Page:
Q&A WITH FRASER WHINERAY – CE, MERCURY
Research Team, 4 September 2019
In this 5-minute video, we talk with Chief Executive of Mercury, Fraser Whineray. We discuss their latest result, the exciting new technologies in this sector, and the investing advice he wishes he knew sooner. Questions covered include:
- Your earnings came in ahead of guidance this year. What were the key influences on this?
- What does NZ’s electricity demand outlook look like?
- What technology in this sector will support that demand?
- You don’t support a 100% renewable electricity target for the country. Why is that?
- What’s the most challenging aspect of your role? And the most rewarding?
- What advice do you wish you were given, when you first started investing?
Craigs: Your earnings came in ahead of guidance this year. What were the key influences on this?
Fraser: The 2019 financial year was particularly challenging so I was delighted that the team came in at $505 million of EBITDAF, which was $10 million ahead of guidance. Key things that drove that was high geothermal production – up to about 98% availability which is tremendous, and that was a record for us. Also, keeping working on efficiency gains throughout the business. So we’ve held operating expenditure flat for six years in a row. And at the net profit after tax level, there was a significant boost provided by lower interest costs, but also the sale of Metrix which we’d added value to and got a gain on sale there.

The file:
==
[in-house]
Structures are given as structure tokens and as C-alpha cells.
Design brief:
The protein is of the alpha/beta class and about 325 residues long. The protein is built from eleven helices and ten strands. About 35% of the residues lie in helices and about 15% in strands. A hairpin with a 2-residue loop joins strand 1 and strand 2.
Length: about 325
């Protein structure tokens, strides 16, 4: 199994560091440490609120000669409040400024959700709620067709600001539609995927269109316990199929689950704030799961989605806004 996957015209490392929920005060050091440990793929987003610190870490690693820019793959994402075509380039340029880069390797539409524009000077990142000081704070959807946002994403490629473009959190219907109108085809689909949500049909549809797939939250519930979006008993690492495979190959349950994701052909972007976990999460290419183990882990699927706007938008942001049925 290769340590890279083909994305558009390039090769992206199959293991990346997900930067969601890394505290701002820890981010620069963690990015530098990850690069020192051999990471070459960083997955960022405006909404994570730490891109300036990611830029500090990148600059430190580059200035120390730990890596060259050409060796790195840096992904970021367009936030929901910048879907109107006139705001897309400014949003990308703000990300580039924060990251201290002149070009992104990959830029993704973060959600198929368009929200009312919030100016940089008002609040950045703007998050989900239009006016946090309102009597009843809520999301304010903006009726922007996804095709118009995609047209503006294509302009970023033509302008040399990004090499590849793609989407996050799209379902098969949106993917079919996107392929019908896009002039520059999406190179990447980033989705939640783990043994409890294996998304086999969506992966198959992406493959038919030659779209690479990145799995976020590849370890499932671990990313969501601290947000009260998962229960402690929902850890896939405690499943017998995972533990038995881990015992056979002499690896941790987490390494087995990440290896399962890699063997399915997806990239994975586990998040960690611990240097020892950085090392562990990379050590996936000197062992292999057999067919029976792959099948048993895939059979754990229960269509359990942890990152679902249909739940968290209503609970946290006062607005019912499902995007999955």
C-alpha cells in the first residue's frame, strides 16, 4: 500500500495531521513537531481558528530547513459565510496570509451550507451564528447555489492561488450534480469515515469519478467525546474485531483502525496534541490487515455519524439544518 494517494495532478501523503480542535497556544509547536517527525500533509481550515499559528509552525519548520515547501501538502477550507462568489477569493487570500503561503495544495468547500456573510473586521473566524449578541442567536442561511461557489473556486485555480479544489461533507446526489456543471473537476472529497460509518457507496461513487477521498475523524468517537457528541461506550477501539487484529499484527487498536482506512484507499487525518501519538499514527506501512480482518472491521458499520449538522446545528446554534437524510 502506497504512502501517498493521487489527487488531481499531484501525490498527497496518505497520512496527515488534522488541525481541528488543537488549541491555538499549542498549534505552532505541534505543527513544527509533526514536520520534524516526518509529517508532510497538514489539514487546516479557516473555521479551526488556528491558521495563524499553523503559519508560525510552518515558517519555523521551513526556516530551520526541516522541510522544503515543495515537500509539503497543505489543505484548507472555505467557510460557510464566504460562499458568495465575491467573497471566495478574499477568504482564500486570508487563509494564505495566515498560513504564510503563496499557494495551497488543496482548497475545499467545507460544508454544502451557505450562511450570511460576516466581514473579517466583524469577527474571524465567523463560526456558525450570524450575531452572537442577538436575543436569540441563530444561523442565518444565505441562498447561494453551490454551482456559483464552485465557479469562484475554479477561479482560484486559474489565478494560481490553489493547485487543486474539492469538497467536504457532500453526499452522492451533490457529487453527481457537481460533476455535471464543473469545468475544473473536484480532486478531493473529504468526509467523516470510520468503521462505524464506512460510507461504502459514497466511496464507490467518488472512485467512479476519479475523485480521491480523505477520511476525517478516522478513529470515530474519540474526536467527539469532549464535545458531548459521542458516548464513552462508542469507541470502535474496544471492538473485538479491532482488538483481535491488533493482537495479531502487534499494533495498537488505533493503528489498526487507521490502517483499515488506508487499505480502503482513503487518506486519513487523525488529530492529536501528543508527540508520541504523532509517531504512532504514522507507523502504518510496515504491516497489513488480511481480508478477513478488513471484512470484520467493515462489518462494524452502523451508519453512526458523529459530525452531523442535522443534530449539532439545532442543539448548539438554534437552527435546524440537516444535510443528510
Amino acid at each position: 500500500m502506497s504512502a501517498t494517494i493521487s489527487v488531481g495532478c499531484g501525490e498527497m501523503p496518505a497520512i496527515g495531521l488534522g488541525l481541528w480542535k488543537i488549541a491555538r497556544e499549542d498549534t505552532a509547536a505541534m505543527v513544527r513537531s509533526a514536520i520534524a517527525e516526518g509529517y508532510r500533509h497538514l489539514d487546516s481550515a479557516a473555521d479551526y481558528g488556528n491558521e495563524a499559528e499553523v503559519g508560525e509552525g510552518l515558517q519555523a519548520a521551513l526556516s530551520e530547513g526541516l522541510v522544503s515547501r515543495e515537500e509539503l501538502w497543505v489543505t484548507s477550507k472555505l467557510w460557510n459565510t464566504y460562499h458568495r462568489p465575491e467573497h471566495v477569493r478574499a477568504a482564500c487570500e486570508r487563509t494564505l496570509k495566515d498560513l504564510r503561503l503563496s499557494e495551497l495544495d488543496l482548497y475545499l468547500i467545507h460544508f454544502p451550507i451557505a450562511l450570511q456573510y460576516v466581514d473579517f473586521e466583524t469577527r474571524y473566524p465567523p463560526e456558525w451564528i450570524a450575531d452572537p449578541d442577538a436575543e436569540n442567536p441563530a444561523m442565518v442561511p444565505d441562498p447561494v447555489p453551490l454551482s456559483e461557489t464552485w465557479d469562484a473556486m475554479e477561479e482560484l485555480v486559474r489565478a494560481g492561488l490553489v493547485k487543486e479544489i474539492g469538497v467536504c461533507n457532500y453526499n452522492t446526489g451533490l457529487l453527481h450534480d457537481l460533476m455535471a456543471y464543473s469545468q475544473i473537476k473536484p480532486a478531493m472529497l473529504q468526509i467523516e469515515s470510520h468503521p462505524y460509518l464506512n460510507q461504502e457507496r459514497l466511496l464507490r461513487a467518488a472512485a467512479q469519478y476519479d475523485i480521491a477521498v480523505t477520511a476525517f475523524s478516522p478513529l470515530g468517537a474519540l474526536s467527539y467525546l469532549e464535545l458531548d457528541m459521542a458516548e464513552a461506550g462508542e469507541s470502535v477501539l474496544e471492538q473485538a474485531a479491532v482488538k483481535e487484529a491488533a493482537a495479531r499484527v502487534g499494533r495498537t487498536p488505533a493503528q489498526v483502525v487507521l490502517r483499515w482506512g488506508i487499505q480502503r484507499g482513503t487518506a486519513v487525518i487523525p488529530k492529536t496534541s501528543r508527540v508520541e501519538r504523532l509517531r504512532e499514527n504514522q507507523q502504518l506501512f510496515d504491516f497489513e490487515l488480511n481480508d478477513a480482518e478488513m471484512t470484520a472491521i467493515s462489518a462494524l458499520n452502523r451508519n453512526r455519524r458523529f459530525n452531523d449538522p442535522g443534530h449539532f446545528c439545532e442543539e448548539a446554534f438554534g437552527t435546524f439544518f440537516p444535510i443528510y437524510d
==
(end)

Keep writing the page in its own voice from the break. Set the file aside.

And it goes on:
Craigs: What does NZ’s electricity demand outlook look like?
Fraser: The long-term electricity demand outlook for New Zealand is fantastic. During the last twelve months, we’ve seen the Productivity Commission, the Interim Climate Change Committee and the Ministry for Business Innovation and Employment all reset their long-term electricity scenarios to something which is around 50% higher than where it is today for the next thirty years, through to 2050. This is very important for decarbonisation, it’s important for our balance of payments, energy security in the country. And also reducing cost to consumers because of course driving electric vehicles, of which we have the largest fleet in the country, is about 30 cents a litre with a car. And so it’s much better to have transport running on that basis. So to put that in to context, that 50% expansion over 30 years means building the Turitea Wind Farm, which we just announced in March, for $250 million near Palmerston North. One of those every 9 months for 30 years. And so there’s a lot ahead in the sector in terms of long-term growth, because electricity genuinely is the solution not the problem now.
Craigs: What technology in this sector will support that demand?